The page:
Determining the Binaural Signals in Bat Echolocation


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Echolocating bats are known to outperform manmade systems in the tasks of autonomous navigation and object detection and classification, especially when size, power and computational complexity requirements are considered. As a result, the individual physical mechanisms and processes involved in echolocation (types of signals used, properties of the emission mechanism, echoes created in different echolocation tasks, receptor characteristics as well as the bat’s auditory system) have received significant attention as a possible source of bio-inspiration. However, not much attention has been drawn to optimisations that may arise as a combined effect of the above mechanisms. Of key importance in such an investigation would be the knowledge of the binaural signals generated in real echolocation tasks as those are the actual input signals utilised by the bat’s auditory system. The direct measurement of these signals is severely restricted by the very small size of most bat species. We describe the development of an experimental facility that combines the measurement and modelling of the aforementioned subsystems for the determination of the binaural signals associated with echolocation. We present initial measurement results and compare them with analytical modelling predictions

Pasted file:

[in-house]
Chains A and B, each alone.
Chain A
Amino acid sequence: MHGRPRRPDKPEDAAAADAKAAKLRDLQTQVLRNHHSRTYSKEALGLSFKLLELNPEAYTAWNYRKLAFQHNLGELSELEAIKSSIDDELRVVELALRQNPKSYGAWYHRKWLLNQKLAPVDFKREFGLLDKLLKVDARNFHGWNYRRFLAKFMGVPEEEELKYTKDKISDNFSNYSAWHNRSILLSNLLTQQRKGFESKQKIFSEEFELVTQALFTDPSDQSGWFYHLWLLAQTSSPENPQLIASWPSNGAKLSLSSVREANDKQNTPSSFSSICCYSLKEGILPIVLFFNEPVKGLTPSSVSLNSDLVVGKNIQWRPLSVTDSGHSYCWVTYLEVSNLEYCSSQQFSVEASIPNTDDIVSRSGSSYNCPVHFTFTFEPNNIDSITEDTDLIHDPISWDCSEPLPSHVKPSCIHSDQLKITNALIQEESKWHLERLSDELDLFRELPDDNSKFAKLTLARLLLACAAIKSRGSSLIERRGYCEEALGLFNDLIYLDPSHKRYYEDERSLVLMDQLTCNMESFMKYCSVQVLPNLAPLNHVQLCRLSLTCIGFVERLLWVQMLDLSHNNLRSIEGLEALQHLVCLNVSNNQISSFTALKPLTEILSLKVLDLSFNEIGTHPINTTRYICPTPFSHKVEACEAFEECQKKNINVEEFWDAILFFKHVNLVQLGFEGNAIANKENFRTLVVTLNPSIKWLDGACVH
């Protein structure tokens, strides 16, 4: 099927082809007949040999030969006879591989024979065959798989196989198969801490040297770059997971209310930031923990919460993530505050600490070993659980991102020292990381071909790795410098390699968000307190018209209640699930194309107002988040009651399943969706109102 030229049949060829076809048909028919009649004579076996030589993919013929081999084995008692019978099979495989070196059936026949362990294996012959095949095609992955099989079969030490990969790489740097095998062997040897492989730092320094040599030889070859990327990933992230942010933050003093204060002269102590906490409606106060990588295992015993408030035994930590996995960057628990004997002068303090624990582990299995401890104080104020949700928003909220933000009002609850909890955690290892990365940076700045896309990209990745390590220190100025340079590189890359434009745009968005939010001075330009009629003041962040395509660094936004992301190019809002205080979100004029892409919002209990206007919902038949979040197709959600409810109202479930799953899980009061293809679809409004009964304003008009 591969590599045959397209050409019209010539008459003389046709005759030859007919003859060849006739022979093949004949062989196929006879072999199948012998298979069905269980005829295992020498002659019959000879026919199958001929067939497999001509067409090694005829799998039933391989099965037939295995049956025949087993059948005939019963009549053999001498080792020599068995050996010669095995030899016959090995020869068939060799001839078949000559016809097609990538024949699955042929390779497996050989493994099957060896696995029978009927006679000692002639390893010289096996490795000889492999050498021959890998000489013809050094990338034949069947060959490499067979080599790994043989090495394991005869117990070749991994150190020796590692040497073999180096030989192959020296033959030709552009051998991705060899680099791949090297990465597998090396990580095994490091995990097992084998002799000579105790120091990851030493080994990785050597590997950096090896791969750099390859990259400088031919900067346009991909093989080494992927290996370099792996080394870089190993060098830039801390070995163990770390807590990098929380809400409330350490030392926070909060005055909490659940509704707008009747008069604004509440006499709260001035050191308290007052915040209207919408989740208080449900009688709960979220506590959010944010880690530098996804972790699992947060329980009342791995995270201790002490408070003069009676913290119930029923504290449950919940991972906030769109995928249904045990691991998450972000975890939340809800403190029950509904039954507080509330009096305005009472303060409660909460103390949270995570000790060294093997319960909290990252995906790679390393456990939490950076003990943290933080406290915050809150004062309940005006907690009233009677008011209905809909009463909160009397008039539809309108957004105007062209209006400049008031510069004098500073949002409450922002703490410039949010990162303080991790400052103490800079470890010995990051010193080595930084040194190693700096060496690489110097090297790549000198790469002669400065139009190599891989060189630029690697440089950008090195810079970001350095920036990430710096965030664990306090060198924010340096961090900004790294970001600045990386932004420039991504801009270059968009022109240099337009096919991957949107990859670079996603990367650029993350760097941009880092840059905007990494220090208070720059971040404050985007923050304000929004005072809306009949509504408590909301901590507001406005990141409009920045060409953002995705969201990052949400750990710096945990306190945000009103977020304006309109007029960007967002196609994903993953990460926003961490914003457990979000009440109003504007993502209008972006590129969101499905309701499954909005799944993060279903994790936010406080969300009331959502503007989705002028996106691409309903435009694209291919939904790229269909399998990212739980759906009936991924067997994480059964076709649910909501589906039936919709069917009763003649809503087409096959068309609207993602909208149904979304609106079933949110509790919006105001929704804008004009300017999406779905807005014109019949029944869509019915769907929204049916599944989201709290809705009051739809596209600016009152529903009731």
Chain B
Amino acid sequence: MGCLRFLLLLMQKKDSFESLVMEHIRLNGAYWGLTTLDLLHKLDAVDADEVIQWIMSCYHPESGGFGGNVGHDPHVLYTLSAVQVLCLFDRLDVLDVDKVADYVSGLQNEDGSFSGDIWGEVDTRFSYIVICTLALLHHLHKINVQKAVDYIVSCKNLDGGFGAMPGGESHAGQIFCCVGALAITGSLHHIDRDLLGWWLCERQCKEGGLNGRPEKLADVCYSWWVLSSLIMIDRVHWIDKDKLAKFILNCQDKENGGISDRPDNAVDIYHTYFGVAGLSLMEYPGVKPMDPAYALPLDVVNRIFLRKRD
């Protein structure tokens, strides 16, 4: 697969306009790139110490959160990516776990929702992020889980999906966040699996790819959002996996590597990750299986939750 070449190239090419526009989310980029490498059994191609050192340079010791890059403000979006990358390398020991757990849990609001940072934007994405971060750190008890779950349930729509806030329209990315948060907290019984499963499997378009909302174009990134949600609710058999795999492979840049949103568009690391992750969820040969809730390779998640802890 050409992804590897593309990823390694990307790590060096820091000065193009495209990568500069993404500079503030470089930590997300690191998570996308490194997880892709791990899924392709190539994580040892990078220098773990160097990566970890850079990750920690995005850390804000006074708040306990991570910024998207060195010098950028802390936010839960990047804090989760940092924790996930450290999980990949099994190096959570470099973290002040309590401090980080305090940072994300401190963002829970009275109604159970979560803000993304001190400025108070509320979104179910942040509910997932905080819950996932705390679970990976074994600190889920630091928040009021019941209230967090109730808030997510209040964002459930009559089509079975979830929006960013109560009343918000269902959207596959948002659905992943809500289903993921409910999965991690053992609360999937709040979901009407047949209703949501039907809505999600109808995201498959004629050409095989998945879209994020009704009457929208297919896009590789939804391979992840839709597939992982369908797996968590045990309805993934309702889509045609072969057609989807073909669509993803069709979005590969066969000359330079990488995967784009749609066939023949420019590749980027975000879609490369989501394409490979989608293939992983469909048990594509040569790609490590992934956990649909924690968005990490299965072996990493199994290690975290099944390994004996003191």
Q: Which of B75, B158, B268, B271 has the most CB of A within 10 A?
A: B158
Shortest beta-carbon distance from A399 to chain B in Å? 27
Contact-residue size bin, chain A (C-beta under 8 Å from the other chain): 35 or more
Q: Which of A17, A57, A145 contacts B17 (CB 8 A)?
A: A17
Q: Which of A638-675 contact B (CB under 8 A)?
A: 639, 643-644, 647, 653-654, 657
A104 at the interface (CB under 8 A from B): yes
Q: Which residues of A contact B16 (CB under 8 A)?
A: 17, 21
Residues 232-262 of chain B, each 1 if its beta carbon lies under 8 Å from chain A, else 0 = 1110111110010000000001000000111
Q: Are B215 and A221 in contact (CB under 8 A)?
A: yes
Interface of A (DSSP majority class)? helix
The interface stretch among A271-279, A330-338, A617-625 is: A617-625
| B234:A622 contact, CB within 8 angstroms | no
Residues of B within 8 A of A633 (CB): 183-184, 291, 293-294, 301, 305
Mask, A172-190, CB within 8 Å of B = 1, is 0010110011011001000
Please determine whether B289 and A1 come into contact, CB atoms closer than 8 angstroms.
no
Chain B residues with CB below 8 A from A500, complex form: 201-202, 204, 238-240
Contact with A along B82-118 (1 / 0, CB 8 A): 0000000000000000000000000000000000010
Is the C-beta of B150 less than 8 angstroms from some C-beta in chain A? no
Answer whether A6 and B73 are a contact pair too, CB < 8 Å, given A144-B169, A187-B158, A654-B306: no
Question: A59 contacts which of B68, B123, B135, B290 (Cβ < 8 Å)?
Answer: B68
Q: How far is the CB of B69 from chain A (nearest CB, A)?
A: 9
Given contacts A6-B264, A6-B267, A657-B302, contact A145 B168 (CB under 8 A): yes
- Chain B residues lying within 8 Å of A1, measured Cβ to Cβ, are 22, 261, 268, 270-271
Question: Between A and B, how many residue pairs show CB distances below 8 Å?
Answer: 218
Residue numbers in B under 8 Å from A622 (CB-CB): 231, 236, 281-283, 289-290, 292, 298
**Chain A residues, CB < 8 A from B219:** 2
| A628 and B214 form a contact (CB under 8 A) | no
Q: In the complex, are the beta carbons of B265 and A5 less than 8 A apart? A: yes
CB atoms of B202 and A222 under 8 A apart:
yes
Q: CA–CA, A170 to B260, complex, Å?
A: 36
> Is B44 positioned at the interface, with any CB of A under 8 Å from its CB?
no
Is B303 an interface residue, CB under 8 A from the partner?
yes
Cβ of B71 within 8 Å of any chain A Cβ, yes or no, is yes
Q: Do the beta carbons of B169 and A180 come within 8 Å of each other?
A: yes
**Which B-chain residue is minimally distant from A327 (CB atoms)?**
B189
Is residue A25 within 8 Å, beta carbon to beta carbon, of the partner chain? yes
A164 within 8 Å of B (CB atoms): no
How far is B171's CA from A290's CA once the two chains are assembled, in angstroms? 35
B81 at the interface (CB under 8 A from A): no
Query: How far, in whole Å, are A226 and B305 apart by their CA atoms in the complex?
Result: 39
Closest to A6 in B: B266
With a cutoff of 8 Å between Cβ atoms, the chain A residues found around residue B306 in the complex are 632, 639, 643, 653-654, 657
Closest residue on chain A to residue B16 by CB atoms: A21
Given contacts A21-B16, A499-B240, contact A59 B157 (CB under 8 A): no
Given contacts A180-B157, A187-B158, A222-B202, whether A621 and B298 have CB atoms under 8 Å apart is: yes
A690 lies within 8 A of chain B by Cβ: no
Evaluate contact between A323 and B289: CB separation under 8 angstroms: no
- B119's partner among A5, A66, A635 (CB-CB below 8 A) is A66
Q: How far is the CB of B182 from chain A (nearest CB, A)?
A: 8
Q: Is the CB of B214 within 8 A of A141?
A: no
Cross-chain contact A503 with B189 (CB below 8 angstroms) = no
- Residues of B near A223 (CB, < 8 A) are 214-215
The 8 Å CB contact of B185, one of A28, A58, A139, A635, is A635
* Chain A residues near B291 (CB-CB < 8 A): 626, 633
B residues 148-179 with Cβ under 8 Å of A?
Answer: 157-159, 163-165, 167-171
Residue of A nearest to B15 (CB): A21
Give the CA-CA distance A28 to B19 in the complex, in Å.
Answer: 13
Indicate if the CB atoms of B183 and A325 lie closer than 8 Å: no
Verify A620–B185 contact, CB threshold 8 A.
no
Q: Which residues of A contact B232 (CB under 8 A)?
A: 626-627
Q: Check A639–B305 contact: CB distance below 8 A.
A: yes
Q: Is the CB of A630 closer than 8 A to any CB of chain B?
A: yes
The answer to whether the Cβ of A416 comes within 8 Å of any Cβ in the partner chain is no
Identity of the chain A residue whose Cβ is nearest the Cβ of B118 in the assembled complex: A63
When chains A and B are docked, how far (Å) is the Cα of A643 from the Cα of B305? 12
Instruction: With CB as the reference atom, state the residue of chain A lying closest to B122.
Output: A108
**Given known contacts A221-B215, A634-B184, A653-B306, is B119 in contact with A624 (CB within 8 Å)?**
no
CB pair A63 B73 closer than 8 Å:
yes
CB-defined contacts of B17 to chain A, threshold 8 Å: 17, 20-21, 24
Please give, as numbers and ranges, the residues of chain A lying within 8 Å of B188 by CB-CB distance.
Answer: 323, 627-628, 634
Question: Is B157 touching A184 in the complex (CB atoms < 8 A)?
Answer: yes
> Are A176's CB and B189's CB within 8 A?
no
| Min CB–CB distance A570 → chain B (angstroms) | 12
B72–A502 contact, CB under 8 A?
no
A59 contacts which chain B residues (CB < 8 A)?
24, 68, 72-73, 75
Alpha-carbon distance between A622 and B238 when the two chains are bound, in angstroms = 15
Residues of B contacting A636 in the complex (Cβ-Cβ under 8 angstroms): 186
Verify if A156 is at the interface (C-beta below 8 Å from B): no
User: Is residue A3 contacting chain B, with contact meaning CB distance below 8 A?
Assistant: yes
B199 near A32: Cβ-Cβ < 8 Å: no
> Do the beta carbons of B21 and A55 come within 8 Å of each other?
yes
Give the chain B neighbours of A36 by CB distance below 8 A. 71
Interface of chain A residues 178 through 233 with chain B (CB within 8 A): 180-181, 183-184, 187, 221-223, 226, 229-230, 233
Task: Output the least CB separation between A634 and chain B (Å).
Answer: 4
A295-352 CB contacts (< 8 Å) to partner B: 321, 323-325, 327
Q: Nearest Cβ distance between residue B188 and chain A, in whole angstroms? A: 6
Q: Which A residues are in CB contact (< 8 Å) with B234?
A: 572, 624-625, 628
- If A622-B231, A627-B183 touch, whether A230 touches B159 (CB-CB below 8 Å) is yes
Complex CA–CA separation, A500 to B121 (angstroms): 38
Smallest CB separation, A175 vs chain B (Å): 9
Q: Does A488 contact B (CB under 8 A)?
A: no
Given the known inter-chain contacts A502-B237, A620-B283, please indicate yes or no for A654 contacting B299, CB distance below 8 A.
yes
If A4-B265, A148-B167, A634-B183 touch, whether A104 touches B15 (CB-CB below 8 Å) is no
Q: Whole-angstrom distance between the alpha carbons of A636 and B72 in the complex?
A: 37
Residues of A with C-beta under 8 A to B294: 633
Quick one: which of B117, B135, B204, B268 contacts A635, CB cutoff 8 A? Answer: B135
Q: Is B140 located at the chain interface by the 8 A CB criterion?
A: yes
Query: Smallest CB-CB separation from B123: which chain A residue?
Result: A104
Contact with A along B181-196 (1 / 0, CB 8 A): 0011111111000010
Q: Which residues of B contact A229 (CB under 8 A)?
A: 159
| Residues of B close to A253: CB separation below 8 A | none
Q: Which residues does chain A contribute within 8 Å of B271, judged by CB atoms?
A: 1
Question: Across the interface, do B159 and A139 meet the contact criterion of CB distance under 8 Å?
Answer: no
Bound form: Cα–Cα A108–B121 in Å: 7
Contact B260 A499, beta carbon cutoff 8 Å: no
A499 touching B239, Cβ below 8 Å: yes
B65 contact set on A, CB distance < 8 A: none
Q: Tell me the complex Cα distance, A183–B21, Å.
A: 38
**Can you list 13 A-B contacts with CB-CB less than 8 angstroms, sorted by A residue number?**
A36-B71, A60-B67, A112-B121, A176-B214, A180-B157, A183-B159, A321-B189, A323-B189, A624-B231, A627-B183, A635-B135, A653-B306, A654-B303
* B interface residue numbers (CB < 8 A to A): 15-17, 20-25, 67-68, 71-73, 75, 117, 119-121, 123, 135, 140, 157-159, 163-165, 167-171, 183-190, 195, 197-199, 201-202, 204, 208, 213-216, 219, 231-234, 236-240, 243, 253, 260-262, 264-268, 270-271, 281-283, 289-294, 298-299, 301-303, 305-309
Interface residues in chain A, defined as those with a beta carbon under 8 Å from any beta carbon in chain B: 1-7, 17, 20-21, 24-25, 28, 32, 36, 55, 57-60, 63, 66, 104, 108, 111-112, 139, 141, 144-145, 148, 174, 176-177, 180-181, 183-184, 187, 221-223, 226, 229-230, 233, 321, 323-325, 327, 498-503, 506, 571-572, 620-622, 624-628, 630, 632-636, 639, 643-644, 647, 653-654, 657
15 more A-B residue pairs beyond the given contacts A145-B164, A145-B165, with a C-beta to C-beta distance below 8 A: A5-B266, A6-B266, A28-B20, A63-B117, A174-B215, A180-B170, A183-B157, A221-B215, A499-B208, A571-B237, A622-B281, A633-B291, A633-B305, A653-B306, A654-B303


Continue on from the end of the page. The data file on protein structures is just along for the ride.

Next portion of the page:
Edited by:

Pietro VINCENZINI and Salvatore GRAZIANI






T. Papadopoulos et al., "Determining the Binaural Signals in Bat Echolocation", Advances in Science and Technology, Vol. 58, pp. 97-102, 2008

Online since:

September 2008




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